“Imagine time is like a huge tree, with the creation of the world the thick part of the trunk at the bottom. Each time an event occurs, that could have two possible outcomes, the tree branches so the two results exist as branches of equal thickness. Then when another crisis moment comes, the tree branches again.
“Each of those branches is another world or timeline. Beside the world where William the Conqueror won the Battle of Hastings, there is an alternative world where King Harold won.
“My world had the same history as yours until 1590. In that year Elizabeth I was queen of England and James VI king of Scotland. James had not yet married and his heir was Francis Stuart, earl of Bothwell, who was secretly leader of the Scottish witches. Have you ever heard of the Plot of the North Berwick witches?”
I shook my head.
“No? Well it’s only a footnote in your history books because it failed in your timeline, but in mine it succeeded. Three covens of witches, under Francis Stuart’s guidance, raised a storm that drowned the King as he was bringing his new queen home from Denmark. So in my world Bothwell became King Francis I and witchcraft became an accepted way of life.
“People with second sight and people who could harness magic were encouraged, instead of being hunted down and burned as they were in your timeline. We developed communication by mind-power and human energy instead of electricity. Transport was achieved by focussing minds instead of using engines. People learned to work with animals. America was colonised by traders rather than persecuted religious minorities. Hosts of other things were different.
“I’m not saying my world was perfect, trouble was caused by greed and fear because humanity is fallible, but I liked my world better than this one.”
“If you liked it so much, what made you leave?” I asked.
Mum laughed. “I didn’t mean to. It happened by mistake. I was working on a space-travel project that involved the pooling of mind power. I was using my technical manual (the ‘spell’ book you found) and was endeavouring to add the force of my mind to that of many others. Accidentally I turned over two pages, saying half of one formula and half of another. That sent me sideways in time and into your world. While I was trying to figure out how to get back, I had to blend into this world. Then I met your dad and fell in love, so I stopped searching for a way back. When you were born my decision to stay in this world was made.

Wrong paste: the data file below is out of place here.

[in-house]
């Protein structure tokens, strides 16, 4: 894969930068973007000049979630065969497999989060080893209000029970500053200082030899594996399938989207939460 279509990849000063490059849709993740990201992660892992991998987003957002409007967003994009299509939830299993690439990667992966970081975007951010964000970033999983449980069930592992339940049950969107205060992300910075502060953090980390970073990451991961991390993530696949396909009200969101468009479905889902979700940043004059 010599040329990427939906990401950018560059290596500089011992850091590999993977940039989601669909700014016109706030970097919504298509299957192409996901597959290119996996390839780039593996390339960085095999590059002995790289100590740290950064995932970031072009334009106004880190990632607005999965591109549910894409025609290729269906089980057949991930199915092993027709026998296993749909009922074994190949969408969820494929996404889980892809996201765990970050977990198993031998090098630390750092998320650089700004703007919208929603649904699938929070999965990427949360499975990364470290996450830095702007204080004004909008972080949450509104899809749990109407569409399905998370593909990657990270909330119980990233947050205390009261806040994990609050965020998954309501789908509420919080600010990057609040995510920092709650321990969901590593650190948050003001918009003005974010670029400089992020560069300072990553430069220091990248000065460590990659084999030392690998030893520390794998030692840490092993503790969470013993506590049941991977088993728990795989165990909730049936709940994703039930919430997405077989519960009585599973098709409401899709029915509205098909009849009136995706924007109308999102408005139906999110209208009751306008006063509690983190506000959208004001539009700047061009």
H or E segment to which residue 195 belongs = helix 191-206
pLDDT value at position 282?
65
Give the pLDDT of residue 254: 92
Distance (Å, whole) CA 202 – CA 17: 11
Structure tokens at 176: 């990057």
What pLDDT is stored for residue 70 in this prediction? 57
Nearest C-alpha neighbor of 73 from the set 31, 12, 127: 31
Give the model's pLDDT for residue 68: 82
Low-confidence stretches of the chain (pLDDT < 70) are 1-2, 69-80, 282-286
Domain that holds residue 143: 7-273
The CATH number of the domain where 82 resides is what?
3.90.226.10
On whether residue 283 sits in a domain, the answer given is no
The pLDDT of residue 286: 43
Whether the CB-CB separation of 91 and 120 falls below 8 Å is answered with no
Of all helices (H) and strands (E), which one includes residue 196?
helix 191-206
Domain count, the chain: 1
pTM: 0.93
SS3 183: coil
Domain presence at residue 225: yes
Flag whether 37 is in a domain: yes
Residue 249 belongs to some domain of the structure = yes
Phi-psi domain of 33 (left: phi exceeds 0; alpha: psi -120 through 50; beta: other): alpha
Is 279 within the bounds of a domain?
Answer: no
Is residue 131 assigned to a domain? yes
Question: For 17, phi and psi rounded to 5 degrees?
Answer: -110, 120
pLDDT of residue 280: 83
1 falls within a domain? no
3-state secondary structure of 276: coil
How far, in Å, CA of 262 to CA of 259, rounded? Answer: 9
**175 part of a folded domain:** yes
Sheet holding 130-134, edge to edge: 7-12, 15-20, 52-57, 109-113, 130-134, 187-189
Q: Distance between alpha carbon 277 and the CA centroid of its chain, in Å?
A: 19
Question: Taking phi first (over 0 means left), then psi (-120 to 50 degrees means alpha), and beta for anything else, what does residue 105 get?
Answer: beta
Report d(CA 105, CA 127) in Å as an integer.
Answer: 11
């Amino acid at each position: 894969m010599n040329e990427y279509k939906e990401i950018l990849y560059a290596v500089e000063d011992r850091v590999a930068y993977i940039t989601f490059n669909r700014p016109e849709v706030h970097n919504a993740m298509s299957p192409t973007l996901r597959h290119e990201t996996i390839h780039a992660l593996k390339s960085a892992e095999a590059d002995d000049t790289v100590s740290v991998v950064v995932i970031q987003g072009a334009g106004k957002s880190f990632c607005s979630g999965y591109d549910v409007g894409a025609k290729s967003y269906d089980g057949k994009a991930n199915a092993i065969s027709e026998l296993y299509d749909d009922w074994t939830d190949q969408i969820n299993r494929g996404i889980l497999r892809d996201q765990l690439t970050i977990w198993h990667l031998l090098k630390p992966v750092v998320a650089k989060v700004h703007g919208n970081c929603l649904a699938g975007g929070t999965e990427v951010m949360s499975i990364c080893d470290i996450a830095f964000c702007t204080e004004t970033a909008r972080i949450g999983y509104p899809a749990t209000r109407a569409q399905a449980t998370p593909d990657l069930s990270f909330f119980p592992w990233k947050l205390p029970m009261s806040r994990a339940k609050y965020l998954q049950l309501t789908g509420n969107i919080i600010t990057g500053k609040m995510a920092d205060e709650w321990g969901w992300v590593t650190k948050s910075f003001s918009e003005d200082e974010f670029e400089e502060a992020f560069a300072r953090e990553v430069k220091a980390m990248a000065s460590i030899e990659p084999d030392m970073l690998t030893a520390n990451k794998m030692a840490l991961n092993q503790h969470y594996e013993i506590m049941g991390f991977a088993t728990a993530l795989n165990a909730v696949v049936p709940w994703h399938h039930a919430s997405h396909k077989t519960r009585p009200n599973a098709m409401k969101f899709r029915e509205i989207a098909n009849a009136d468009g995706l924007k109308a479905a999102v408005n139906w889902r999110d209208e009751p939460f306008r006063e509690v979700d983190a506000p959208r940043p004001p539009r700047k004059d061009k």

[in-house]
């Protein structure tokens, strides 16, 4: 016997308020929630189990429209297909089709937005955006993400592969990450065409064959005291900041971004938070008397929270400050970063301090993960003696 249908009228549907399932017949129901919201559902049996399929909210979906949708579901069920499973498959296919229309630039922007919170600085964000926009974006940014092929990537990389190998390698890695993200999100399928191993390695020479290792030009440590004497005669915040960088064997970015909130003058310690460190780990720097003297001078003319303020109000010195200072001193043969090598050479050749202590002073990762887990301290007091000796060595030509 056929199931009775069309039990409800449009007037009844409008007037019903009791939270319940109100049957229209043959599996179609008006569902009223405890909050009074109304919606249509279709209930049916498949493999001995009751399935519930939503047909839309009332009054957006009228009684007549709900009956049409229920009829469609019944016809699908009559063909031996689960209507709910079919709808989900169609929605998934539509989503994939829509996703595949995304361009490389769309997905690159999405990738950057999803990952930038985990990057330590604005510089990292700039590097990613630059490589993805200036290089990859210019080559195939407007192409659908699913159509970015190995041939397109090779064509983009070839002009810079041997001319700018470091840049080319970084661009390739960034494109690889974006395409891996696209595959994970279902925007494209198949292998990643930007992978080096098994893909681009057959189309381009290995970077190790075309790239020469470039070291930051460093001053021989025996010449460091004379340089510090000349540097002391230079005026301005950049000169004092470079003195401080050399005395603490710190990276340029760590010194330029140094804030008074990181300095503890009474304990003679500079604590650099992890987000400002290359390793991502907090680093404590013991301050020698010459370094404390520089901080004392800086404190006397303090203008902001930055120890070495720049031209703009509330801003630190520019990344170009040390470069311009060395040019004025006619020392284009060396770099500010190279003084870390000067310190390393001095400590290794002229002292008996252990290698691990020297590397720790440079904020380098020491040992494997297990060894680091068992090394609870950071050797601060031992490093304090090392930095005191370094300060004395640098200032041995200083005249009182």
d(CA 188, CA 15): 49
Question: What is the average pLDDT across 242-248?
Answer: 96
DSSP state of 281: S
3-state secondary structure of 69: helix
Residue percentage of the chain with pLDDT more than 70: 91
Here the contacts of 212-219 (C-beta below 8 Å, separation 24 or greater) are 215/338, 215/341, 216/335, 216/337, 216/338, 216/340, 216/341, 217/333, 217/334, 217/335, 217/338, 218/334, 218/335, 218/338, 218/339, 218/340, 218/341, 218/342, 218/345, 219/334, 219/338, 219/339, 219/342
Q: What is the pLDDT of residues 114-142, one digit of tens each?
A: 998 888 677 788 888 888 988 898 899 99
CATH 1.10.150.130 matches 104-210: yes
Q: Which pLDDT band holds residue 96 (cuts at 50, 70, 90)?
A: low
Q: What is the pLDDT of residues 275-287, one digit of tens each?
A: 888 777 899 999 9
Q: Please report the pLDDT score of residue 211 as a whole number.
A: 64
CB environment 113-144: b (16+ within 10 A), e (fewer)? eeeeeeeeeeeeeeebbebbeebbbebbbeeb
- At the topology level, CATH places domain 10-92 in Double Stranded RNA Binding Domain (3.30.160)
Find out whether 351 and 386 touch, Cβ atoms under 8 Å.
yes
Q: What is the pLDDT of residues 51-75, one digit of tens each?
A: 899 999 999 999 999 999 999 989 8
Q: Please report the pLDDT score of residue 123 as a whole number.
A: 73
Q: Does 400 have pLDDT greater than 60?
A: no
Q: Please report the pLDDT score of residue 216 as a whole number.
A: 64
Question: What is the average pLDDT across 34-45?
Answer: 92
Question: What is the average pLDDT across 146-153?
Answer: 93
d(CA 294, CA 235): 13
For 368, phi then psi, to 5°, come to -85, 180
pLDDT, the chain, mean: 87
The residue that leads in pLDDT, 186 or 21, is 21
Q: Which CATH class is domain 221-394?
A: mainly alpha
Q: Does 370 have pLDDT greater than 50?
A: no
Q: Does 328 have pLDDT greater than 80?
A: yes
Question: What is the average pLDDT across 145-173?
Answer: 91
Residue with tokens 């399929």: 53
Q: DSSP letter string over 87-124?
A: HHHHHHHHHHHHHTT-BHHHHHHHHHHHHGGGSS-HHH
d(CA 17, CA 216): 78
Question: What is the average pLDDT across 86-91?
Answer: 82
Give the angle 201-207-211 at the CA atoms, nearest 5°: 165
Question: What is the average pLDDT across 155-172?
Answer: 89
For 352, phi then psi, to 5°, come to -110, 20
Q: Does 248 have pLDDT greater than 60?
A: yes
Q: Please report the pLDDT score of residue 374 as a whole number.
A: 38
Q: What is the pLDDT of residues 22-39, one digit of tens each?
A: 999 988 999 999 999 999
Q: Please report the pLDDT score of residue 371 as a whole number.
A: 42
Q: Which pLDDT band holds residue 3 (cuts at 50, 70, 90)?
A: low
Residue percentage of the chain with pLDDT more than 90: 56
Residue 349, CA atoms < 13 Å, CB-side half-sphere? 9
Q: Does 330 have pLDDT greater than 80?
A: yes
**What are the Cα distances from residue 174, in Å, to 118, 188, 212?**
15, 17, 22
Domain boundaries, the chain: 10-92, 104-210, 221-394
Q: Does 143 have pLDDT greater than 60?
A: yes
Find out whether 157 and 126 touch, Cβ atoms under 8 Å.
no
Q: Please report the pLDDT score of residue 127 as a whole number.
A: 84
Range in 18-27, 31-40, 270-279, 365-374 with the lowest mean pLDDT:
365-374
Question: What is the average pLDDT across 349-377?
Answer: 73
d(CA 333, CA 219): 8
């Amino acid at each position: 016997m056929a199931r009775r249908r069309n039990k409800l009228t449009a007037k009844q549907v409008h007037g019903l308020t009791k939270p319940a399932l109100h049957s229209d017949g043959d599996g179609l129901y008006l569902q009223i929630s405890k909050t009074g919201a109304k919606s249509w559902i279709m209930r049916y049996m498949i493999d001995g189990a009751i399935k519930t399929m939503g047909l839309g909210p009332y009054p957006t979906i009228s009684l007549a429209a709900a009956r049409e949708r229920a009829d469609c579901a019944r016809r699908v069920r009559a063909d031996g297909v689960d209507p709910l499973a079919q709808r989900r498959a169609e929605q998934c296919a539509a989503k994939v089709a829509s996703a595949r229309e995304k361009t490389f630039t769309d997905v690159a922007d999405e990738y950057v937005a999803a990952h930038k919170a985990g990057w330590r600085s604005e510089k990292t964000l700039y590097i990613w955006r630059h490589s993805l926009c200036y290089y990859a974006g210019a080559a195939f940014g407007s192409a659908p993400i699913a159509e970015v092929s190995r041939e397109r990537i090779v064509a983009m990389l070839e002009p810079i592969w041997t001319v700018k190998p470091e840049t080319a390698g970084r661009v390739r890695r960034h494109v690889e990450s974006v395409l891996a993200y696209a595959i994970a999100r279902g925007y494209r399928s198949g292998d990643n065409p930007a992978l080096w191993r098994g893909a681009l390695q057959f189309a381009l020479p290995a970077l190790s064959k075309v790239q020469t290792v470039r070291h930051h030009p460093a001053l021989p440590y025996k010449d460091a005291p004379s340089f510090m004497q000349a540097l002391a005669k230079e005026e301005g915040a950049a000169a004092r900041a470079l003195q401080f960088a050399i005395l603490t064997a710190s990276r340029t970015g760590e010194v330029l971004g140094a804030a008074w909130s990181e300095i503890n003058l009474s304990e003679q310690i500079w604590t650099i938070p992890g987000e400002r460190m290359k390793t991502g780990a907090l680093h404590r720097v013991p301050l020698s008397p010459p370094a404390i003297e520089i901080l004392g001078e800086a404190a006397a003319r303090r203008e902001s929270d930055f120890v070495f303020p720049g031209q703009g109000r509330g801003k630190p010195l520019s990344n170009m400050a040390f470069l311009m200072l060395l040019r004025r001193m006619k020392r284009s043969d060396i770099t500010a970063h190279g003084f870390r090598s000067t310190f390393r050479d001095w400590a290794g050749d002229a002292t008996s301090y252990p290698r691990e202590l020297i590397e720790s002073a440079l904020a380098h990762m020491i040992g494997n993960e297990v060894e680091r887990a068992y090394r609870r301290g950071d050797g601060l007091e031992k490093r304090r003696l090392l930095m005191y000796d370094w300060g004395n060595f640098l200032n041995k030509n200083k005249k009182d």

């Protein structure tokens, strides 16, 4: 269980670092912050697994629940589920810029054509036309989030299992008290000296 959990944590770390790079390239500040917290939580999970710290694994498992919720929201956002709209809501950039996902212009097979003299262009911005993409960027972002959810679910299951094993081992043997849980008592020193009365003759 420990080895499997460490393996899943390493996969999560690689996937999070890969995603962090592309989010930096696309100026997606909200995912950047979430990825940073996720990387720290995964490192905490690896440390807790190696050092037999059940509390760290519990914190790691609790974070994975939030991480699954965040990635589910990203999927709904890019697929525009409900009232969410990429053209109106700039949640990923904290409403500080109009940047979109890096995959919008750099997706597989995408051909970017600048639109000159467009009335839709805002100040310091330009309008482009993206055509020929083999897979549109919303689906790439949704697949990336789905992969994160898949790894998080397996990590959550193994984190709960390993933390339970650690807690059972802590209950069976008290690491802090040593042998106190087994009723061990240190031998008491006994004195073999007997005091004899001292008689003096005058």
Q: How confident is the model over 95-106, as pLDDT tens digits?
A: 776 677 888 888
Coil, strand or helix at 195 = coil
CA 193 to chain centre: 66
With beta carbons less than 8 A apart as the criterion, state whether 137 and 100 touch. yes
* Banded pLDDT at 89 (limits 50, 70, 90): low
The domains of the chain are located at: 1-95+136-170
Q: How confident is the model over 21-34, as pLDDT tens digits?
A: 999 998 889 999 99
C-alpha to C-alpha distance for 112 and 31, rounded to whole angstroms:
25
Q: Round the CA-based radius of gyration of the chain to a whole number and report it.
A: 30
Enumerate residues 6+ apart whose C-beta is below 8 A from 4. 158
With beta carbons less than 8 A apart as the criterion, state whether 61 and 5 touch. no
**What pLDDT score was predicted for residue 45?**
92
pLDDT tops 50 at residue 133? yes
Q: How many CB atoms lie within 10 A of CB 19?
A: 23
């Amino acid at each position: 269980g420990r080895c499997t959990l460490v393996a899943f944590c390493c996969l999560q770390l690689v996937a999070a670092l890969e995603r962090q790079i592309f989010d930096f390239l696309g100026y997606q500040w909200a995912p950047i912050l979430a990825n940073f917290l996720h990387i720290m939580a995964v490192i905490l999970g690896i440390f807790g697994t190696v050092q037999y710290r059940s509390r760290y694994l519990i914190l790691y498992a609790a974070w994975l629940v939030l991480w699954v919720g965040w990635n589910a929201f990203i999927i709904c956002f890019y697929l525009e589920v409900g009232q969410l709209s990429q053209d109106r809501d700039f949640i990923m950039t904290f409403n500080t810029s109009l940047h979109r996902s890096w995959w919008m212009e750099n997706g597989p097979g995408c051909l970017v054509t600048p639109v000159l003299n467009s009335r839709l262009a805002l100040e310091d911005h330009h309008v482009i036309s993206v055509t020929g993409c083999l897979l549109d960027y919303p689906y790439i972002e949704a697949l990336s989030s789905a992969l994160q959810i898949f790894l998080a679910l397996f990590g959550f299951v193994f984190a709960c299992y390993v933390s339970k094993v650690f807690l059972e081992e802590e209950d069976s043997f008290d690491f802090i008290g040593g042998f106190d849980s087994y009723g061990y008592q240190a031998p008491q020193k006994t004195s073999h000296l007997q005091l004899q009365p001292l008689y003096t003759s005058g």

“At first I tried to live by this world’s rules, but a little bit of witchcraft made life so much easier. I used my powers sparingly and thought no-one would know. But I didn’t fool you and it seems I’ve now made other people suspicious. I need to think how to correct this.
“Why don’t you reverse the spells, Mum? That would take the pressure off.”
Her eyes lit up. “I can do better than that, I’ll make them forget and we can start afresh.”
“Wonderful,” I said “and you must promise not to use spells any more.”
“Not even to help in the house?” she said wistfully.
“We-ell ,” I said wavering, “little spells for cooking and cleaning should go unnoticed.”
“Perfect,” she said smiling, “and I can teach you spells, you’d be easy to train, being half witch.”
“No thanks, I prefer to stay the way I am.”
Mum laughed and went off to undo the magical mayhem she’d caused, while I went upstairs to do my homework. I’d forgotten, until I opened my bedroom door, that I’d rushed out that morning and left my room looking as if a tornado had struck.
“Oh fiddlesticks,” I said to myself, “I wish I could use a little magic to tidy this mess.”
There was a noise like a rushing wind and my clothes lifted off the floor and bed to arranged themselves tidily in the open wardrobe. Books floated back onto shelves and the duvet shook itself and spread neatly on the bed.
I sat down, overcome by shock. I was stunned, but I suppose I shouldn’t have been. They say blood will out and I was, after all, a witch’s daughter.